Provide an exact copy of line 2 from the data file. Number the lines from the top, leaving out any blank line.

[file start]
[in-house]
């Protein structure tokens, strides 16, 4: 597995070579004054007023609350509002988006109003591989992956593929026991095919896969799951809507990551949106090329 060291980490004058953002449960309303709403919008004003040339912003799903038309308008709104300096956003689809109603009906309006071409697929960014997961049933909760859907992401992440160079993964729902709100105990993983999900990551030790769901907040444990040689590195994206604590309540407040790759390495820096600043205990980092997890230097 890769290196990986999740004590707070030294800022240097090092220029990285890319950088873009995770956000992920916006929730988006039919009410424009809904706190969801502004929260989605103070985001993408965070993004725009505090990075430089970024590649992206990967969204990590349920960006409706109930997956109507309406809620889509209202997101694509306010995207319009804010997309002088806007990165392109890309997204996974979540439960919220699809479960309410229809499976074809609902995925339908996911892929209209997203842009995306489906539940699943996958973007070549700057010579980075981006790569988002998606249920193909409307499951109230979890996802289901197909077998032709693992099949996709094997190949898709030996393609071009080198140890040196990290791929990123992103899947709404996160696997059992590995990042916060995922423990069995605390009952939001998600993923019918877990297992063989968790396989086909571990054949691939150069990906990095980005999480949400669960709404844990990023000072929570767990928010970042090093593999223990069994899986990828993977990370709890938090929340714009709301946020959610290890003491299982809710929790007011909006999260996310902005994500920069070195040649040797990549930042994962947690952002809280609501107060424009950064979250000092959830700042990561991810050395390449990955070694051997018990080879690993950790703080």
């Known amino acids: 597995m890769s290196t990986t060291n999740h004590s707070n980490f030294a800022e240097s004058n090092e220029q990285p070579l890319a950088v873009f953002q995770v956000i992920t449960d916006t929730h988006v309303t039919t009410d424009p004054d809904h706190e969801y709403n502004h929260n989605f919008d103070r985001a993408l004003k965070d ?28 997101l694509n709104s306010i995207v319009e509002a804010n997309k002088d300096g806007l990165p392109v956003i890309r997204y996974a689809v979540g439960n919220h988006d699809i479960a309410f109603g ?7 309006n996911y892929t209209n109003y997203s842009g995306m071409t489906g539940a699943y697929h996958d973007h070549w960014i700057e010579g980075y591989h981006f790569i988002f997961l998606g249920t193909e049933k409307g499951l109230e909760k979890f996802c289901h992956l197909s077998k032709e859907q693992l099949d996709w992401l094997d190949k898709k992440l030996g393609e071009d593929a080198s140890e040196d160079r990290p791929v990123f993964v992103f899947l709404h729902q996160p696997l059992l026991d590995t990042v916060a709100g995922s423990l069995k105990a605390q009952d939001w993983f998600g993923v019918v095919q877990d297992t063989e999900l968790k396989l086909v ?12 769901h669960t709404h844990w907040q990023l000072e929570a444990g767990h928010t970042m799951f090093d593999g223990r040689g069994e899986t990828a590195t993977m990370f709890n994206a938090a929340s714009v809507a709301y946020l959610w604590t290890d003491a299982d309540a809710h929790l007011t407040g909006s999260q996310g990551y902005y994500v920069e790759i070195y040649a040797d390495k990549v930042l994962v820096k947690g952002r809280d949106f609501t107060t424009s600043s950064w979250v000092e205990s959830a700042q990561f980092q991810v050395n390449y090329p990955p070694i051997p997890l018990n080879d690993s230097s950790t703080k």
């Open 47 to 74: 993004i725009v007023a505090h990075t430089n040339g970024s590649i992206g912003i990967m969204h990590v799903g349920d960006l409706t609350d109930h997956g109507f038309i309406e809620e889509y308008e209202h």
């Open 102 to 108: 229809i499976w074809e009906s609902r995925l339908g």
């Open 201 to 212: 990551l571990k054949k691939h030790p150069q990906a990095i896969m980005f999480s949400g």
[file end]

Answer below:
């Protein structure tokens, strides 16, 4: 597995070579004054007023609350509002988006109003591989992956593929026991095919896969799951809507990551949106090329 060291980490004058953002449960309303709403919008004003040339912003799903038309308008709104300096956003689809109603009906309006071409697929960014997961049933909760859907992401992440160079993964729902709100105990993983999900990551030790769901907040444990040689590195994206604590309540407040790759390495820096600043205990980092997890230097 890769290196990986999740004590707070030294800022240097090092220029990285890319950088873009995770956000992920916006929730988006039919009410424009809904706190969801502004929260989605103070985001993408965070993004725009505090990075430089970024590649992206990967969204990590349920960006409706109930997956109507309406809620889509209202997101694509306010995207319009804010997309002088806007990165392109890309997204996974979540439960919220699809479960309410229809499976074809609902995925339908996911892929209209997203842009995306489906539940699943996958973007070549700057010579980075981006790569988002998606249920193909409307499951109230979890996802289901197909077998032709693992099949996709094997190949898709030996393609071009080198140890040196990290791929990123992103899947709404996160696997059992590995990042916060995922423990069995605390009952939001998600993923019918877990297992063989968790396989086909571990054949691939150069990906990095980005999480949400669960709404844990990023000072929570767990928010970042090093593999223990069994899986990828993977990370709890938090929340714009709301946020959610290890003491299982809710929790007011909006999260996310902005994500920069070195040649040797990549930042994962947690952002809280609501107060424009950064979250000092959830700042990561991810050395390449990955070694051997018990080879690993950790703080």